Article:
During those eight years we lost ourselves. Following a singular day– one day– of terror attacks, we set fire to the whole world. Willingly, almost gleefully, we invaded Afghanistan and Iraq, the former on the promise of bloody revenge and the latter based on flimsy falsehoods that today seem as real as childhood beliefs. But we wanted to believe and so it was easy to lie to us, just like with the Tooth Fairy.
Worse yet, we turned on ourselves. With a stroke of a pen, we did away with 200 some years of bitterly fought for civil rights– silence the First Amendment and do away with critics and whistleblowers, rip open the Fourth Amendment and allow the government to spy into our lives. Plumbing for the depths of evil, we as a nation tortured men, created an archipelago of secret prisons, a regime of indefinite confinement and renditions to feed our concentration camps, hungering for flesh. How much would be enough for revenge? When even that was not enough, we unleashed death from the sky, smiting people who bothered us, maybe occasionally threatened us, often times simply people who were near by or looked like our possible enemies. In the calculus of the day, we would kill them all without a concern that any deity would sort the bodies out later.
Then in 2008 hope we were sold and we slobbered over it like the pigs we had become. He was a king, awarded a Noble Peace Prize simply for not being George W. Bush. He could have turned it all around, in those first weeks he could have asked the rivers to flow backwards and they just might have. He could have grounded the drones, torn up the Patriot Act, held truth commissions to bring into the light our tortures, re-emancipated America in ways not unlike Lincoln did in the 1860s. Slam shut the gates of Guantanamo, close the secret prisons that even today still ooze pus in Afghanistan, stop the militarization of Africa, bring the troops home, all of it, just have done it. What a change, what a path forward, what a rebirth for an America who had lost her way so perilously.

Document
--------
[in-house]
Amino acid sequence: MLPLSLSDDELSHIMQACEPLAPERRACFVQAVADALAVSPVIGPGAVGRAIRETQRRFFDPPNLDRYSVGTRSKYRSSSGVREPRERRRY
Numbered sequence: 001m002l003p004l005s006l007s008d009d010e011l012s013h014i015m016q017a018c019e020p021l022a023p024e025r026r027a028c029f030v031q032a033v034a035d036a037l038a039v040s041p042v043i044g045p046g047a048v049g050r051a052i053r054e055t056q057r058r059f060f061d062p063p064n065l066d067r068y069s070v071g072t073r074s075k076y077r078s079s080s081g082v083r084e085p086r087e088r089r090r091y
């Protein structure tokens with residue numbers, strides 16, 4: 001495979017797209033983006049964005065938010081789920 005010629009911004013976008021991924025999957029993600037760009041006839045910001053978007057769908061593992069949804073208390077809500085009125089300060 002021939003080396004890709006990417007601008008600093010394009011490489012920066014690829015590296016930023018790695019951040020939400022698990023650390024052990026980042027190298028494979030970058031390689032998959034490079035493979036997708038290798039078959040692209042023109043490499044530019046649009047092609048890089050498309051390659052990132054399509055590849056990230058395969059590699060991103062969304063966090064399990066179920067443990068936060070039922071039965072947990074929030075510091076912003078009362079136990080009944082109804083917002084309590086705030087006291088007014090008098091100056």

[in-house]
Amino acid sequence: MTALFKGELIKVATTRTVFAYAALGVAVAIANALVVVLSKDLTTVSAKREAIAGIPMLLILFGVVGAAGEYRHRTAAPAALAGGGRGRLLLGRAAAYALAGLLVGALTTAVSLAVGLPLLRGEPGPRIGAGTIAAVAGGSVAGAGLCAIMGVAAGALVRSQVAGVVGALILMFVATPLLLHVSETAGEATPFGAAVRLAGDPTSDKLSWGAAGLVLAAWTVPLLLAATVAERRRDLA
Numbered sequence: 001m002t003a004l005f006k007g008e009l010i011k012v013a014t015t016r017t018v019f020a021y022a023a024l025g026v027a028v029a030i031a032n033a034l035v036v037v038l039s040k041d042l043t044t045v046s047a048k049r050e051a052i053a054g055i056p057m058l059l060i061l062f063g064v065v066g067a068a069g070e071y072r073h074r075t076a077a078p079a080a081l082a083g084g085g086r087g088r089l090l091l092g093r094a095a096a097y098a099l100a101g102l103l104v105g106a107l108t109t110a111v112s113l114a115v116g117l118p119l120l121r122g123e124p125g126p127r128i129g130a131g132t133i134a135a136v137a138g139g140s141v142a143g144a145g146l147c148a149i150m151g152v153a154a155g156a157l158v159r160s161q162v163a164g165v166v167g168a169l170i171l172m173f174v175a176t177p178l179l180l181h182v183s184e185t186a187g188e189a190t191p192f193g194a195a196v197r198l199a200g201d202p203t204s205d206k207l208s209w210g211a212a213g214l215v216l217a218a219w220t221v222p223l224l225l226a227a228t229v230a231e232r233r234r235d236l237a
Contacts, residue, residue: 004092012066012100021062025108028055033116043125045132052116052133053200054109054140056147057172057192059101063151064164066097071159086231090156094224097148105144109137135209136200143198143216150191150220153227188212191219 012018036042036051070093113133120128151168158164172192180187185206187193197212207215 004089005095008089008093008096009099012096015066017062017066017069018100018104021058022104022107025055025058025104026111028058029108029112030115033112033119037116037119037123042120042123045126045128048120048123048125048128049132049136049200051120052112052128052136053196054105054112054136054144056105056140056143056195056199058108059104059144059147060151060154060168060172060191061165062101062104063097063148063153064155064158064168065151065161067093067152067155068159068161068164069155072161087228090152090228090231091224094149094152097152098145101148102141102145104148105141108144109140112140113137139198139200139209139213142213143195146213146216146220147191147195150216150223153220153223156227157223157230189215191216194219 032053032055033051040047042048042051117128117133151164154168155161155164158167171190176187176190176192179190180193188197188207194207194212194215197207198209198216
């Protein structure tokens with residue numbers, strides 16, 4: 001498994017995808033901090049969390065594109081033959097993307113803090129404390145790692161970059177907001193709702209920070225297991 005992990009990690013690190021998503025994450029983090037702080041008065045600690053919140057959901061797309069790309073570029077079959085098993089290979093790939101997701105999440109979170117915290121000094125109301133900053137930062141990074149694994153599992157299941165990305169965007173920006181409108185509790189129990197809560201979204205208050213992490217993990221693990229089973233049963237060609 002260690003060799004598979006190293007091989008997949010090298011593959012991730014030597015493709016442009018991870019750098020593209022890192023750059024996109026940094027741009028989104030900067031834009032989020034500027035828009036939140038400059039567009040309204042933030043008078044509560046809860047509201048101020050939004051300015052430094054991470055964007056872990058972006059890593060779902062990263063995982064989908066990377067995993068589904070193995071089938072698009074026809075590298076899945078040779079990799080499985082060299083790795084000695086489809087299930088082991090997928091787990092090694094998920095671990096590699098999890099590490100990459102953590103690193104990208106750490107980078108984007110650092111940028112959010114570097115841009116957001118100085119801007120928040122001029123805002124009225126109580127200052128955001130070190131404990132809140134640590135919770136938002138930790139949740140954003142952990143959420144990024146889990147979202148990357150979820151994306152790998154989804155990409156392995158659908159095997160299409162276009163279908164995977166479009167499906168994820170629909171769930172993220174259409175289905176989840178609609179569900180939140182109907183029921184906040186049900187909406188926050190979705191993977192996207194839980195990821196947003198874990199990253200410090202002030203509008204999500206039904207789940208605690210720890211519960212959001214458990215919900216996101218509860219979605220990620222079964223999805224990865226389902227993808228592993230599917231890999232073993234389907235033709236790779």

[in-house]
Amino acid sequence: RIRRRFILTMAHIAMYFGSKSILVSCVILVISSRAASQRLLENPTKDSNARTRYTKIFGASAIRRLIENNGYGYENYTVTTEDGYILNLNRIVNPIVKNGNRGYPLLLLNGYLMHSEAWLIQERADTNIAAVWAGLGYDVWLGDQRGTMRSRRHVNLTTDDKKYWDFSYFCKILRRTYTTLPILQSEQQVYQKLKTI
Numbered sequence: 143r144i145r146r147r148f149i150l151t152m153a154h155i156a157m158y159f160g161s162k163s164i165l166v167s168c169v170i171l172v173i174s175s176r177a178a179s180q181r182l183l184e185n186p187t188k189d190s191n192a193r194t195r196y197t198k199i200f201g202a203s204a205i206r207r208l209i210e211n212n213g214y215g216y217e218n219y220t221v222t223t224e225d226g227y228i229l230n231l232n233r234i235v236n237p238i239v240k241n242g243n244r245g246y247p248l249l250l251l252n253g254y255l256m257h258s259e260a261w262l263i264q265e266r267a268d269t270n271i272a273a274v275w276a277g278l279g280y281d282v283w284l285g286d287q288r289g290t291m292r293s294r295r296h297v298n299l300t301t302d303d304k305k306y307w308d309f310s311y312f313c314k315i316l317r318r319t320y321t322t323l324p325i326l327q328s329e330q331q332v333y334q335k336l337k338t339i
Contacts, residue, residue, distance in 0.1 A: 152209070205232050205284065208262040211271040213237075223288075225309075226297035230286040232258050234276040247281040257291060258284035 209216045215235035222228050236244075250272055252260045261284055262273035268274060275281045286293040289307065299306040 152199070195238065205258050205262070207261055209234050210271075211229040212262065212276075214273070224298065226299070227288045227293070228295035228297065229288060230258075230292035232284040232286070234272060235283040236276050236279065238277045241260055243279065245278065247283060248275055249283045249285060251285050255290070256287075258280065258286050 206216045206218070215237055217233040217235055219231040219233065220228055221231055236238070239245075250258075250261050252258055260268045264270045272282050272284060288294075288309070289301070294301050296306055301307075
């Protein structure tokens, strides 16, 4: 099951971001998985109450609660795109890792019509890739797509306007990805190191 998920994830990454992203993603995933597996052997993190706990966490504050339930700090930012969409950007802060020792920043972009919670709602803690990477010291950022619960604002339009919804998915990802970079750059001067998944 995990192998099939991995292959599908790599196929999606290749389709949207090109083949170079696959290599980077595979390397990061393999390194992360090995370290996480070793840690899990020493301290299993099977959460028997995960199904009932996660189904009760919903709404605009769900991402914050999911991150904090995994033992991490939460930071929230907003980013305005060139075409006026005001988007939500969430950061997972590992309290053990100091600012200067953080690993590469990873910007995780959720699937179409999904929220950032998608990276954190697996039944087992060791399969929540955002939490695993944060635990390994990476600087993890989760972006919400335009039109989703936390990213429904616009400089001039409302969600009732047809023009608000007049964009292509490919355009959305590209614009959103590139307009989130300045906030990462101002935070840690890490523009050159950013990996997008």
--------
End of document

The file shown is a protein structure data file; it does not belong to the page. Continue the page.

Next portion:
Today, this day, four years later we are left with only ironic references to where we were and what we had been. We re-elected him mainly just because he wasn’t the other guy, everybody’s reluctant guilty choice. We now today go though the motions of a celebratory inauguration like an old married couple dutifully maintaining civility where joyous lust once was. We are raising a second generation who accept that their nation tortures, invades, violates and assassinates, all necessary evils requiring us to defame democracy while pretending to protect it.
People who saw the movie Lincoln were struck by the personal anguish the president then brought upon himself ordering men to their deaths in support of a moral cause, ridding this nation of the horrors of slavery, human bondage, once and for all. That president enduring many necessary evils in pursuit of a goal he knew to be noble, the unfinished work of creating a truly democratic and just nation. On this same day we celebrate the legacy of Dr. Martin Luther King, who wrote to us all from a jail cell in sweltering Birmingham to remind that injustice anywhere is a threat to justice everywhere. King’s guidance in that letter was that the “means we use must be as pure as the ends we seek.” We cannot fight wrongs by committing wrongs.
So you Barack, who so shallowly call forth Lincoln’s legacy (and goddamn you, the legacy of Dr. King on this day, a man whose piss you are not qualified to swallow), for what cause do you condone our modern necessary evils? For what noble crusade do you allow the torturers to walk free? To claim the right to kill people, even Americans, anywhere in the world simply because you can do so? Why do you prolong the war, long ago not just lost but rendered pointless, in Afghanistan? On what crusade do you keep your enemies in Guantanamo?
Lots of talk today, inauguration day, Martin Luther King Day. But those are the questions Mr. Lincoln and Dr. King would demand answers for from their graves, Mr. Obama.
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